“Of course, the classic idea we have of a band is a group of friends who live in the same area getting together and jamming, and we certainly started out that way – the original line-up of The Wedding Present all hailed from Leeds. And yes, if you had asked me this question 30 years ago, I’d say it would be extremely difficult – if not impossible – to write song ‘remotely’. But now, you can even rehearse via Skype! So the way it often works is that we get together once the skeleton of a song is completed... which would happen after we’ve discussed things individually and transferred files to each other from wherever we are at any given moment...”
Favourites of the lost and beloved BBC DJ John Peel – whose knowledgeable recommendations to listeners often served as a magic touch for any band to sail into his purview – and even Morrisey, who admitted that, once The Smiths had split, many fans turned to The Wedding Present for their fix of high-quality melancholic pop, Gedge’s band certainly struck a nerve.
Naturally, I asked him to reveal the secret to his success.
True to form, however, is response was typically a down-to-earth one.
“We just focus on writing the best possible songs we can, really. I think the real trick is to never get lazy. There’s this tendency among certain musicians to say, ‘well, it’s just pop music’, implying that there shouldn’t be much effort put into it. And as a listener, you can sense that some of this stuff is written in five minutes. Nothing wrong with that if a good tune comes out of it, of course, but I don’t think it’s a good long-term strategy. So we go about it by being very disciplined – and it applies to the whole package: the music our videos, the album covers...”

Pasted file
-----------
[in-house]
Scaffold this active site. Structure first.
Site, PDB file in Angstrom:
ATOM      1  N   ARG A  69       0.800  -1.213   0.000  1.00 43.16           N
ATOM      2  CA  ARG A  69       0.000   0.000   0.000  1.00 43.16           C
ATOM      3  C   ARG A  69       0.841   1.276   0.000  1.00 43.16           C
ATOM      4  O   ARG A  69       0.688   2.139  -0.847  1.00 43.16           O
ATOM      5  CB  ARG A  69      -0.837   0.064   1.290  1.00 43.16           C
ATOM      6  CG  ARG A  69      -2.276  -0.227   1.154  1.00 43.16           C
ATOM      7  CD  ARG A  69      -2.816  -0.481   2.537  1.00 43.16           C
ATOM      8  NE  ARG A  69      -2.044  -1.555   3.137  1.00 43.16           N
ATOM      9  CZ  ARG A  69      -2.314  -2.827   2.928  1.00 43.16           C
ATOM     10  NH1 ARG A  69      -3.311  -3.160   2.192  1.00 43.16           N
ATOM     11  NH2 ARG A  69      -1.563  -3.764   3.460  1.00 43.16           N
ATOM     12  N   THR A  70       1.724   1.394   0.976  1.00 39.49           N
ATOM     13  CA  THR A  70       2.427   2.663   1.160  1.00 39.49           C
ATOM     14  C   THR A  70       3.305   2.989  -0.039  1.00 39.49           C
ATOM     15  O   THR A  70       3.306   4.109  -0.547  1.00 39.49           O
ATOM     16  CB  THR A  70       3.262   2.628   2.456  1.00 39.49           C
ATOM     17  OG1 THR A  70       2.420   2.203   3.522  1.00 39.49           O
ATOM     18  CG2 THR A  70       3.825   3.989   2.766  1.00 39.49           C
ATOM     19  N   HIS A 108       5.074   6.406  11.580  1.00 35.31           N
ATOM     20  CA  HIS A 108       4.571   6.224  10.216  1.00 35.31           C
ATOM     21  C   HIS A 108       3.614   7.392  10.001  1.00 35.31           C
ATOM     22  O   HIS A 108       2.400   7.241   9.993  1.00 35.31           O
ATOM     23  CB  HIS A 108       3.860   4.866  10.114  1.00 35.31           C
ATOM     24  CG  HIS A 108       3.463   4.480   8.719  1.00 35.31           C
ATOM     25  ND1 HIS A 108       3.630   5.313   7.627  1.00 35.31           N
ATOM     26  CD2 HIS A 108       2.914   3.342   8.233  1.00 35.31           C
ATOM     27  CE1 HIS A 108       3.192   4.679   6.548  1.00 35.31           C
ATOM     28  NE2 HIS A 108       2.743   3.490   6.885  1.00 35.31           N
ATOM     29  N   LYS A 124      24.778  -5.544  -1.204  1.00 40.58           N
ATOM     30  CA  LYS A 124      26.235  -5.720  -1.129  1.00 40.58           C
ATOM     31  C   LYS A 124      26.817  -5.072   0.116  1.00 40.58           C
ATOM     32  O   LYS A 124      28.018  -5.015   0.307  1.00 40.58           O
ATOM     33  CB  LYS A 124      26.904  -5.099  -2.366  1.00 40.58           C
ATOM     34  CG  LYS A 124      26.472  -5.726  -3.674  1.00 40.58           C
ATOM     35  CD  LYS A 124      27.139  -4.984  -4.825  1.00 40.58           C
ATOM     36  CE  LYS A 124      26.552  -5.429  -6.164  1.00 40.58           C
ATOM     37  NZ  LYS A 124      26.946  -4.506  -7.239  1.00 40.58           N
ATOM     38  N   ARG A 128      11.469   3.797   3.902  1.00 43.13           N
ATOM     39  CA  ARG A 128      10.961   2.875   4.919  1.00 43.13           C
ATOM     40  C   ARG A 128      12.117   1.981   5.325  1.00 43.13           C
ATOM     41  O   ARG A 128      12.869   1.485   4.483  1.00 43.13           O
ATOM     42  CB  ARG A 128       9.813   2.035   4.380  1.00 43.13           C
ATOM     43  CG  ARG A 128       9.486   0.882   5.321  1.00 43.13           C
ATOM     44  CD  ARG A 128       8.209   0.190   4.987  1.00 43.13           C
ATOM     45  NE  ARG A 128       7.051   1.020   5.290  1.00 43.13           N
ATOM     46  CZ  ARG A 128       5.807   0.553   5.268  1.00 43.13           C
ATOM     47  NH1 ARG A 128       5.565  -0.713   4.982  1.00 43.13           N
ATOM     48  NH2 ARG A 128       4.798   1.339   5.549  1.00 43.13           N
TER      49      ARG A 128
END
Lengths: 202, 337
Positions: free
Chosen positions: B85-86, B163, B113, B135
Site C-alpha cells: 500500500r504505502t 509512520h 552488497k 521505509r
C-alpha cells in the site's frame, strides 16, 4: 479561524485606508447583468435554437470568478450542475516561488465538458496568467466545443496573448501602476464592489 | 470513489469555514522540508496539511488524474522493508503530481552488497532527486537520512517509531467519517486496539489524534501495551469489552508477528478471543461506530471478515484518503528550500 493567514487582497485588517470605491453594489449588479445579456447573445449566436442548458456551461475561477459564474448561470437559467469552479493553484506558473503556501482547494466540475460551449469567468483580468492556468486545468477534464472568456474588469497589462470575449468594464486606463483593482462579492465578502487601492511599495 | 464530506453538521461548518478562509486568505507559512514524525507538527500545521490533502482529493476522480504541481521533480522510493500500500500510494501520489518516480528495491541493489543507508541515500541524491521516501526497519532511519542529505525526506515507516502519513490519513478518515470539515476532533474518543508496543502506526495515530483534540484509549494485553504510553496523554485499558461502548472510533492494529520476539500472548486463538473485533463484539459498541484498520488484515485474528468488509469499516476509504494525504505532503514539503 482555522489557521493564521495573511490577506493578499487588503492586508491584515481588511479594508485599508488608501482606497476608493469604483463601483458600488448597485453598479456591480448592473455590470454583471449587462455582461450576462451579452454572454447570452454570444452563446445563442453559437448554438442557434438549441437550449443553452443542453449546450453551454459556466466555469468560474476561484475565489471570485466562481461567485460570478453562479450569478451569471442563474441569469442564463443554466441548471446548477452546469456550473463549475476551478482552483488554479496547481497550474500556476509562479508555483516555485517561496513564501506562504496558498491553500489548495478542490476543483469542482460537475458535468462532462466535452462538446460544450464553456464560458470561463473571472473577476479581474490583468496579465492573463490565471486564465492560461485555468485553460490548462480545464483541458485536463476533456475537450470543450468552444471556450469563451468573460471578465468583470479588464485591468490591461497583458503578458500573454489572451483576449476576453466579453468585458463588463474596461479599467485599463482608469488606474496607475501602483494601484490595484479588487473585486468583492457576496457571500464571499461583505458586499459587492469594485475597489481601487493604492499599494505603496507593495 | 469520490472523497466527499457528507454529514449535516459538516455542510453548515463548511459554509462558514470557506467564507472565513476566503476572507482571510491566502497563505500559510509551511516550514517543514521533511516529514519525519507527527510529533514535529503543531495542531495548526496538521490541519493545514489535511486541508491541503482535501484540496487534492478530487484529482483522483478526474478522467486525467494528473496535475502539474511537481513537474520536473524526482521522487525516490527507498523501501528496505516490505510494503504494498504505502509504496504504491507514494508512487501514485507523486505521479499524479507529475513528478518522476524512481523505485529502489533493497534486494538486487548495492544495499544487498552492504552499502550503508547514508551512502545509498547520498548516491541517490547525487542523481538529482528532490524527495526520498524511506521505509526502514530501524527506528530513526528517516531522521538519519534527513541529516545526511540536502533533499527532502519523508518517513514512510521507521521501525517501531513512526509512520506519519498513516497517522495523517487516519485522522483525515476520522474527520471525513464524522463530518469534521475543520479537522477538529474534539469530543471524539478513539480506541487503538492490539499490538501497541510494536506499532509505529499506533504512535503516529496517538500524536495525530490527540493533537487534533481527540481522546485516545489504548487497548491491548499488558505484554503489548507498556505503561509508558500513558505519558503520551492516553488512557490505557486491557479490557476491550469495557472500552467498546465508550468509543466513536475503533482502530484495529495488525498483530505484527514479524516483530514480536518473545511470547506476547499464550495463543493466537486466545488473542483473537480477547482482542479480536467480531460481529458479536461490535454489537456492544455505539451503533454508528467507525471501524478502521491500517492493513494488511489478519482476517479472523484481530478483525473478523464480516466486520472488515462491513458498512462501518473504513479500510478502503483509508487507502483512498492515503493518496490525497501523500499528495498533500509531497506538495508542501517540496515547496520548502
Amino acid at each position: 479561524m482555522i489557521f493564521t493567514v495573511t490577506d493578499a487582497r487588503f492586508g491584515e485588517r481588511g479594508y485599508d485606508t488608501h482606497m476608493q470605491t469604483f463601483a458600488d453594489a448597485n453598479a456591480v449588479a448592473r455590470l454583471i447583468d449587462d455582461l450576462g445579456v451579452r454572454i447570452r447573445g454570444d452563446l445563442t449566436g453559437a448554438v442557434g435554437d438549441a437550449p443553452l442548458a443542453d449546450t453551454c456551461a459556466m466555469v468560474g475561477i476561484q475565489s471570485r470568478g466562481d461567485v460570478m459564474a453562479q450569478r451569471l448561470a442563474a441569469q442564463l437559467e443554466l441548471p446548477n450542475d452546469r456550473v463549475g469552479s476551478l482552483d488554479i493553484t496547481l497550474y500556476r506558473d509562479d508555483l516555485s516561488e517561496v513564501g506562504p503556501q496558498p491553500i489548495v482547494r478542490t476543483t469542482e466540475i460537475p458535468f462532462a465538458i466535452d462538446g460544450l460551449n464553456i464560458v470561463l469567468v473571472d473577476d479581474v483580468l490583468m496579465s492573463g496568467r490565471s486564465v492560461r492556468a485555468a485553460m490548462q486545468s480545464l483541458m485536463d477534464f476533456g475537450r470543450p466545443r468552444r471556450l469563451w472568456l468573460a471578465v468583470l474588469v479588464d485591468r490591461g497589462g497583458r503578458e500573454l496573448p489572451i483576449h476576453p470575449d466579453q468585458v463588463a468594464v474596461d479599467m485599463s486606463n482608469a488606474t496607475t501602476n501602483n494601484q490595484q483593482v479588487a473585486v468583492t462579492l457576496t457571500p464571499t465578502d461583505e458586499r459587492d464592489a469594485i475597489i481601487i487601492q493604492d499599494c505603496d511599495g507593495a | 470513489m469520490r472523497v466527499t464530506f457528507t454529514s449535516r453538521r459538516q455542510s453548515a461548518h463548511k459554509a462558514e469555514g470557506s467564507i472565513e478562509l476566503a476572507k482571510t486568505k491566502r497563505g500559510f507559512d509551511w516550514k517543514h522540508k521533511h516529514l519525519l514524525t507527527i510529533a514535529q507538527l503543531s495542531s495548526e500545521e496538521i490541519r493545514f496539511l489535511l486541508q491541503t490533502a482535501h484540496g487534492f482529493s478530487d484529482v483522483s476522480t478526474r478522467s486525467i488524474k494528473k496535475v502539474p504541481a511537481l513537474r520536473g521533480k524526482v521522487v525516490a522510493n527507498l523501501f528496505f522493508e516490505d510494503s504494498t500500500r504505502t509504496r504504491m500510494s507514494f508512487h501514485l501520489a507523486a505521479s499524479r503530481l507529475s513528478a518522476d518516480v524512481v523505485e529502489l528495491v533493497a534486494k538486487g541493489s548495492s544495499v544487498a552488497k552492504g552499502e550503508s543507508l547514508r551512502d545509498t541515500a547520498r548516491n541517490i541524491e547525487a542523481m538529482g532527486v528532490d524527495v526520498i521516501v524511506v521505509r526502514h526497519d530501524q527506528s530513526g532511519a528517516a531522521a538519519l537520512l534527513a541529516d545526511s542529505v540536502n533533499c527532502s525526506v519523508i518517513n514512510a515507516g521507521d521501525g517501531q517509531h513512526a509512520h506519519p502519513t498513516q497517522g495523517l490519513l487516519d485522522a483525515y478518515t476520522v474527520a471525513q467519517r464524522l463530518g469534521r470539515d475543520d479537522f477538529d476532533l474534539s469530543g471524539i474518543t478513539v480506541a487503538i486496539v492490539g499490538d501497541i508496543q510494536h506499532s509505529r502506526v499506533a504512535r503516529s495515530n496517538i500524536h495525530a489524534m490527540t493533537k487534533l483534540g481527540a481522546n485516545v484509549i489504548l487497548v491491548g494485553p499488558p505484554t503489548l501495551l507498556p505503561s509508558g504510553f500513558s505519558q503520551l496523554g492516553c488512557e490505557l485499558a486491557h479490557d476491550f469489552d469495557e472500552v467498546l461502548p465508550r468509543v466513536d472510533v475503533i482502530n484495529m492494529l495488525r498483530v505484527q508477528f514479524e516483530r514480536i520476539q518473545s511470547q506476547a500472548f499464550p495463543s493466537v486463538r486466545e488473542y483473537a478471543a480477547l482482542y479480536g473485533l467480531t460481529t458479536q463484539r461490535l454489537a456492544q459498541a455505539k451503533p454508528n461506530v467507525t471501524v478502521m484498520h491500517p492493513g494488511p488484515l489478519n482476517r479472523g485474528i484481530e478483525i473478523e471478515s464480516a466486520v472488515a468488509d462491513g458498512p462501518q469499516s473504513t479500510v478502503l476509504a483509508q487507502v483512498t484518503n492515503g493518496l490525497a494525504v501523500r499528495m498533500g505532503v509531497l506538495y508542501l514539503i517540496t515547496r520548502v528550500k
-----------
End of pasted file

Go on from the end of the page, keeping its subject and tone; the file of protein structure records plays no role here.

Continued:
The Wedding Present will be performing at The Dome in San Gwann on September 30 as part of the Nil By Mouth sessions – the latest edition of the alternative/indie rock concert series from local organisers Hairy-Amp. The gig – for which they will be joined by international acts Weval (NL), Pional (ES) and Happyness (UK) as well as local bands Fabricka, KNTL and The Velts – comes at the tail end of a tour to promote their latest album, 2016’s ‘Going, Going’, as well as the anniversary of football player George Best – whom they commemorated in the 1987 song of the same name and which turned out to be one of the band’s most successful singles – which means that Gedge’s band will be putting together some tribute concerts to commemorate this milestone too.
First, though, comes the Malta concert. But not before Gedge makes his way out of Spain...by car.
“I’ve decided to turn it into something of a road trip! So we’ll be heading out from here via France and Italy... then getting the ferry out from either Southern Italy or Sicily – we’ll see!”
The Wedding Present will be performing alongside Weval (NL), Pional (ES) and Happy- ness (UK) as well as local acts Fabricka, KNTL and The Velts at The Dome, San Gwann on September 30. The gig forms part of the Nil by Mouth concert series, and is co-organised by HairyAmp and Trackage Scheme. Doors open at 20:00. If you would like to book, you can do so here.
Teodor Reljic is MaltaToday's culture editor and film critic. He joined t...[left] => [TOPMOST] => ) )